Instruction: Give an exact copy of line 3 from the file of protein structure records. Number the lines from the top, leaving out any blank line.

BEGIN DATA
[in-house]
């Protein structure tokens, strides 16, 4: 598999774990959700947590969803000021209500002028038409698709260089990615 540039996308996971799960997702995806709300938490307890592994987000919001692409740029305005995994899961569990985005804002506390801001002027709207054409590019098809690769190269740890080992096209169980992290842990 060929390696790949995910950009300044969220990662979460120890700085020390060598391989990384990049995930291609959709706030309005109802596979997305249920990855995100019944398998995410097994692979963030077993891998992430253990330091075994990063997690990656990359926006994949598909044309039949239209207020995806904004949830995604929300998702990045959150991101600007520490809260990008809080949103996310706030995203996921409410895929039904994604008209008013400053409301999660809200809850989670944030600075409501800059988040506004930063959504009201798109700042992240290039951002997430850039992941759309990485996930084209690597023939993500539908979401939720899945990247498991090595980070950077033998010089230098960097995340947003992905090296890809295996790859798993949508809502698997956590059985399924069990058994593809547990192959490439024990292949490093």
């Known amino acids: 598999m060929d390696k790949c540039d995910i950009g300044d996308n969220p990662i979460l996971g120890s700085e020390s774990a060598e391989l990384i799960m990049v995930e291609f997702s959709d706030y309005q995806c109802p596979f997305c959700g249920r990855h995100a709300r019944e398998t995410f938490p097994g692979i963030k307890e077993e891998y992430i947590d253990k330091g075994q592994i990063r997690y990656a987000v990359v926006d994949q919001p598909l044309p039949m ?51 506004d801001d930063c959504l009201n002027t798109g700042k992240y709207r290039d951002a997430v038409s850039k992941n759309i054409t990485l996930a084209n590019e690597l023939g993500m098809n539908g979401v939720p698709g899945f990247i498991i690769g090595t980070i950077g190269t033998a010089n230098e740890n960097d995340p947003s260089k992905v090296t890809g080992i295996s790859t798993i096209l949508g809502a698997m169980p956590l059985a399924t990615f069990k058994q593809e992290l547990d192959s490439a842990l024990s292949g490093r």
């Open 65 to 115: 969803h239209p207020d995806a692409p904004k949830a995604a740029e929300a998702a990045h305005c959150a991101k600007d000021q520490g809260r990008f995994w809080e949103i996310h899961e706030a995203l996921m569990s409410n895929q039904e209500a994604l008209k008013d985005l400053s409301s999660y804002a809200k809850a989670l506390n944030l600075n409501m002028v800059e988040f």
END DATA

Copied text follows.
């Known amino acids: 598999m060929d390696k790949c540039d995910i950009g300044d996308n969220p990662i979460l996971g120890s700085e020390s774990a060598e391989l990384i799960m990049v995930e291609f997702s959709d706030y309005q995806c109802p596979f997305c959700g249920r990855h995100a709300r019944e398998t995410f938490p097994g692979i963030k307890e077993e891998y992430i947590d253990k330091g075994q592994i990063r997690y990656a987000v990359v926006d994949q919001p598909l044309p039949m ?51 506004d801001d930063c959504l009201n002027t798109g700042k992240y709207r290039d951002a997430v038409s850039k992941n759309i054409t990485l996930a084209n590019e690597l023939g993500m098809n539908g979401v939720p698709g899945f990247i498991i690769g090595t980070i950077g190269t033998a010089n230098e740890n960097d995340p947003s260089k992905v090296t890809g080992i295996s790859t798993i096209l949508g809502a698997m169980p956590l059985a399924t990615f069990k058994q593809e992290l547990d192959s490439a842990l024990s292949g490093r």